The cover of my book, Environmental Politics: Scale and Power
, shows two cows casually rummaging through piles of garbage on the streets of a city somewhere in India
. It’s a colorful, but disturbing, image. Why not show cows in their “natural” setting, say, in a Kansas pasture? Who let them into the street? Why are they eating garbage? The image is symbolic of what the book aims to achieve: to get us out of our comfort zones in thinking about environmental issues and challenge us to reconsider how we think about issues like climate change
, food security
, toxins, and resource conflicts
The book draws from my experience teaching environmental policy, environmental geopolitics, international conflict, and human geography. It starts by asking some fundamental questions: What exactly is “the environment” anyway? Is there any part of the world that is completely untouched by human actions? How do different forms of power selectively shape our understanding of particular environmental issues (while obscuring other issues from our view)?
The book draws on the idea of the “Anthropocene” – a new geologic era characterized by irreversible, human-induced changes to the planet. Because these changes (which in large part have already occurred) are irreversible, Anthropocene-subscribers argue we should focus our efforts on mitigation, adaptation, and coming to terms with the realities of the environment as it is, rather than something that must be returned to some previous or “normal” state.
Our understanding of environmental issues is shaped by various types of power – economic, political, ideological, and military – and therefore tends to be limited in terms of spatial scale. Why do we tend to think of climate change as a global phenomenon instead of something we might experience (and contend with) locally? Is food security something we should be mindful of when we make individual choices about food? We tend not to discuss what happens to our garbage, but everyone knows about recycling, right?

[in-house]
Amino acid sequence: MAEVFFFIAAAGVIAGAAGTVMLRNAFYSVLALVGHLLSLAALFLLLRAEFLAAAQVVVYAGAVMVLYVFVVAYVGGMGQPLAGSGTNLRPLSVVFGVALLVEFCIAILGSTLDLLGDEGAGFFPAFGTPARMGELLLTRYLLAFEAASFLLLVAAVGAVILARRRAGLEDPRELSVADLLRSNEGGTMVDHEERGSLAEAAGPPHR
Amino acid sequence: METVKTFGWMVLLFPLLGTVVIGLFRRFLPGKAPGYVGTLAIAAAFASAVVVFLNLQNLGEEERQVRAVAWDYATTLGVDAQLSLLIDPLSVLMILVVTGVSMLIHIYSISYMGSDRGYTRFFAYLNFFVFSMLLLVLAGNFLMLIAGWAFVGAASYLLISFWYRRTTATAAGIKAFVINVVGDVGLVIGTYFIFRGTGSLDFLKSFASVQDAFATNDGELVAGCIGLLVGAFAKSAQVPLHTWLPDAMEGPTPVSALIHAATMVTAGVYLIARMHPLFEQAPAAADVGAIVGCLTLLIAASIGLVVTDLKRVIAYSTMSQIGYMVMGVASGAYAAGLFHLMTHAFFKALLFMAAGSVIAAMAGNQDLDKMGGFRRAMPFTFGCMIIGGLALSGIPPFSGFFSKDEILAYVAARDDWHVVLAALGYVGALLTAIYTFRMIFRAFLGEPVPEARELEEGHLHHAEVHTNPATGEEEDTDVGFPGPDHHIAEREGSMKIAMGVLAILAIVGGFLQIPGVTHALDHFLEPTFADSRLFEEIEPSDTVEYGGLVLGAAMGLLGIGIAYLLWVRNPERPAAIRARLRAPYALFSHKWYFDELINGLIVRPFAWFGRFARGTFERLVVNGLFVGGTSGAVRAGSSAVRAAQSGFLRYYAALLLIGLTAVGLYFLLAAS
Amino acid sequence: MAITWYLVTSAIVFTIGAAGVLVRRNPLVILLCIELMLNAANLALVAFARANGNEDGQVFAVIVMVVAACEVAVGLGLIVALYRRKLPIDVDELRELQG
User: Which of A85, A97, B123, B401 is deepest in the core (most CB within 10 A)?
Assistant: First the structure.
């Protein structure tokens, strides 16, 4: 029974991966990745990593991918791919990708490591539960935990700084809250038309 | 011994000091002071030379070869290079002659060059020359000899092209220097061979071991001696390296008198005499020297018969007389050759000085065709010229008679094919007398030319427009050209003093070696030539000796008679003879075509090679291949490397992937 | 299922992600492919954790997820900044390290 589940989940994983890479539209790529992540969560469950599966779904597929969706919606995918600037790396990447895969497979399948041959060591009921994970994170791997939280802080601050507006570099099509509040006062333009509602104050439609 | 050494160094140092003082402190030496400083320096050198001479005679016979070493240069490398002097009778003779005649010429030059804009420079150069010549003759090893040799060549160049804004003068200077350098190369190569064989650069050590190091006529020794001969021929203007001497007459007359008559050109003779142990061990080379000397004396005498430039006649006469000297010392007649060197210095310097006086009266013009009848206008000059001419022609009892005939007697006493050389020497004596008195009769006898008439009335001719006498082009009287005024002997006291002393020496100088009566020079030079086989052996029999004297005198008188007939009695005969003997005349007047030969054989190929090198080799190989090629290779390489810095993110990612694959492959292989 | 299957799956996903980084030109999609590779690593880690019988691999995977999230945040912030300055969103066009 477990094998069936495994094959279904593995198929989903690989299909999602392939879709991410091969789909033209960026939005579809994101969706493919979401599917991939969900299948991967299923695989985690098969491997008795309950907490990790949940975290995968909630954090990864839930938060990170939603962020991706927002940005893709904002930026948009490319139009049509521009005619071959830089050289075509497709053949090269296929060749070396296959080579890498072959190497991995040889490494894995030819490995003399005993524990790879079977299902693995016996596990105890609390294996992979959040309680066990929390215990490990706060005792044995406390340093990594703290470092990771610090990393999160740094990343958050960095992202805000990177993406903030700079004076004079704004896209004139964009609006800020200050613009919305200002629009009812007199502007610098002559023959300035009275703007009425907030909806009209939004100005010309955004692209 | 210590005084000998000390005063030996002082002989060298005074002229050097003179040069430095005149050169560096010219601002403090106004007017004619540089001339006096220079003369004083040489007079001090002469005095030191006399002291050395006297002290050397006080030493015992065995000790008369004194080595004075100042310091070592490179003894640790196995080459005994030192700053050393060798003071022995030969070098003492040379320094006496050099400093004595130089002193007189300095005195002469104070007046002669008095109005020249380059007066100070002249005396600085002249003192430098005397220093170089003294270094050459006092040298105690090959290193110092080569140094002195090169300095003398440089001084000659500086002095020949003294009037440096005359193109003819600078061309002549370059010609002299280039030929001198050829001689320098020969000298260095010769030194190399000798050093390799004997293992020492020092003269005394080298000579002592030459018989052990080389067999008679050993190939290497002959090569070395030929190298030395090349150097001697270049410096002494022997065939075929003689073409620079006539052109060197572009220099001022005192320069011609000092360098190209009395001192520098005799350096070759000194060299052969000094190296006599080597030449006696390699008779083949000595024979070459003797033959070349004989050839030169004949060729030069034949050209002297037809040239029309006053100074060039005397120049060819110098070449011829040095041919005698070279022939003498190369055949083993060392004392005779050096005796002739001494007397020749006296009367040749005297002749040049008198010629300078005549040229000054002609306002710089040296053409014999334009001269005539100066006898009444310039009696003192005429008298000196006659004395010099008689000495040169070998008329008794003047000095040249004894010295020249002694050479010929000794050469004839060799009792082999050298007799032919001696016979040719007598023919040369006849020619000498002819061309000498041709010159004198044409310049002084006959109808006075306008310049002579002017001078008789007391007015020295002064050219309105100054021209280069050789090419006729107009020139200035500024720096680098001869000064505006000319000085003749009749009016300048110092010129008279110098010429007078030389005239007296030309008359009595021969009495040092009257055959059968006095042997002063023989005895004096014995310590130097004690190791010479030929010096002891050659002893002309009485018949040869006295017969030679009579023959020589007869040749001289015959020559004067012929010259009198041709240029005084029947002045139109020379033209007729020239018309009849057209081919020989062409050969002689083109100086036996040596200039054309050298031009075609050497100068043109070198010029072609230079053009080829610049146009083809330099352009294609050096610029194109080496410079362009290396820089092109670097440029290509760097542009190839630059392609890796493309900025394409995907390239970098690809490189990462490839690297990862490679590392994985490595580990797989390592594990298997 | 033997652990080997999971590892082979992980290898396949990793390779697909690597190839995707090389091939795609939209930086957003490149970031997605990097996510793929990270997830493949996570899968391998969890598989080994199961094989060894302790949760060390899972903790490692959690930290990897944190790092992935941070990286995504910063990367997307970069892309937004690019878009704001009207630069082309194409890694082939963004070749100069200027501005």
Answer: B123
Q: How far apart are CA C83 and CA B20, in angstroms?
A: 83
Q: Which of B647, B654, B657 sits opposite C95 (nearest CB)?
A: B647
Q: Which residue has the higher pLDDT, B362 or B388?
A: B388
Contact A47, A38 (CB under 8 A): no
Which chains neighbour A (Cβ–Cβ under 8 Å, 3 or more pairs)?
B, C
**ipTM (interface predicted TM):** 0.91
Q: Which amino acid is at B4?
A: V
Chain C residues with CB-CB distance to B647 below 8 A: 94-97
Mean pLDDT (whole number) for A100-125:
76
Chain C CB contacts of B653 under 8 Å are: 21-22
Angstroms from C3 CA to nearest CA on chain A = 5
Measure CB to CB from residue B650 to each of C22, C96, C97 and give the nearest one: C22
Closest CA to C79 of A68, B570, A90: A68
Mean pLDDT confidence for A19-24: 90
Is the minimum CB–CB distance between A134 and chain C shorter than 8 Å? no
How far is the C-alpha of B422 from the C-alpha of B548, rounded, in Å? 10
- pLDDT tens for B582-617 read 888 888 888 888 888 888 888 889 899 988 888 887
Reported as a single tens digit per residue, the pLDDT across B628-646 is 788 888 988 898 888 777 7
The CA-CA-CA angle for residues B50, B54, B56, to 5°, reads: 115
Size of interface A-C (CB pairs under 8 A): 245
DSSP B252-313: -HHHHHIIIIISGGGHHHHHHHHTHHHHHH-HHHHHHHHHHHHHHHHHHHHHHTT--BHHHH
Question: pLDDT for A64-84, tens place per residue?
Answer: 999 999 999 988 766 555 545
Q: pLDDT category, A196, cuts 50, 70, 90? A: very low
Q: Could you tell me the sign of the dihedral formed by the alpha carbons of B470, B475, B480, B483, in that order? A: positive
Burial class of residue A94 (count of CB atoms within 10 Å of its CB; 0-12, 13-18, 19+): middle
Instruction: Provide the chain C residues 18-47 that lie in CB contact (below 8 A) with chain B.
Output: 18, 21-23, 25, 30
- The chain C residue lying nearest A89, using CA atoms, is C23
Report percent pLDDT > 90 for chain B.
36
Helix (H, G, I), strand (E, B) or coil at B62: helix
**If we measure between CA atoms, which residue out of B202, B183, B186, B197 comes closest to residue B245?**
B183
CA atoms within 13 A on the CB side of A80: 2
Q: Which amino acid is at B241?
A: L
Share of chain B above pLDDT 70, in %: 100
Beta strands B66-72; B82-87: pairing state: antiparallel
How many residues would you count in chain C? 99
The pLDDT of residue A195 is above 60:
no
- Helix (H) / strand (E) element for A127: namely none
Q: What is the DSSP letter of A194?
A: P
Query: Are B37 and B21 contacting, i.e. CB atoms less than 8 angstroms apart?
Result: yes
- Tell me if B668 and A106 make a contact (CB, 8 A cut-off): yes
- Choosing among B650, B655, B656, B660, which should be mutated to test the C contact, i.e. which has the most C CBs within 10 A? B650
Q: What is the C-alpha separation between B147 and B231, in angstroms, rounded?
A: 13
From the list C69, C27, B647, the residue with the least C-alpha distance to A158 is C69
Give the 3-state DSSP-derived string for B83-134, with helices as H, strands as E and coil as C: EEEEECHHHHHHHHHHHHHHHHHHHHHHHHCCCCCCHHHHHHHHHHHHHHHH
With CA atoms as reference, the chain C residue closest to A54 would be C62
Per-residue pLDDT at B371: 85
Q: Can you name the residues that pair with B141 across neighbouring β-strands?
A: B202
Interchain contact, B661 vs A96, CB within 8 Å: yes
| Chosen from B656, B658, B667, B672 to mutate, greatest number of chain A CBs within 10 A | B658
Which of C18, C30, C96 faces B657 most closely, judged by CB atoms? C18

Environmental Politics: Scale and Power offers non-geographers an appreciation of how and why geographers think spatially to solve problems. Commonly accepted views of environmental issues tend to get trapped at particular spatial scales, creating a few dominant narratives. When we combine a spatial perspective with an inquiry into the dynamics of power that have influenced our understanding of environmental issues, we can more clearly appreciate the complexity of human-environment relations and come to terms with adapting to and living in the Anthropocene era.
Today’s environmental challenges can sometimes appear distant and immense, but this book aims to show how decisions we make in our day-to-day lives – from buying bottled water and microwave popcorn to diamond jewelry – have already had an effect on a grand scale.
Shannon O’Lear is a professor of geography at the University of Kansas and the author of Environmental Politics: Scale and Power. She has recently completed a research project examining why we do not see widespread or sustained environmental resource-related conflict in Azerbaijan, as literature on resource conflict would suggest.
Image Credit: Environmental Politics: Scale and Power, courtesy of Justin Riley and Cambridge University Press.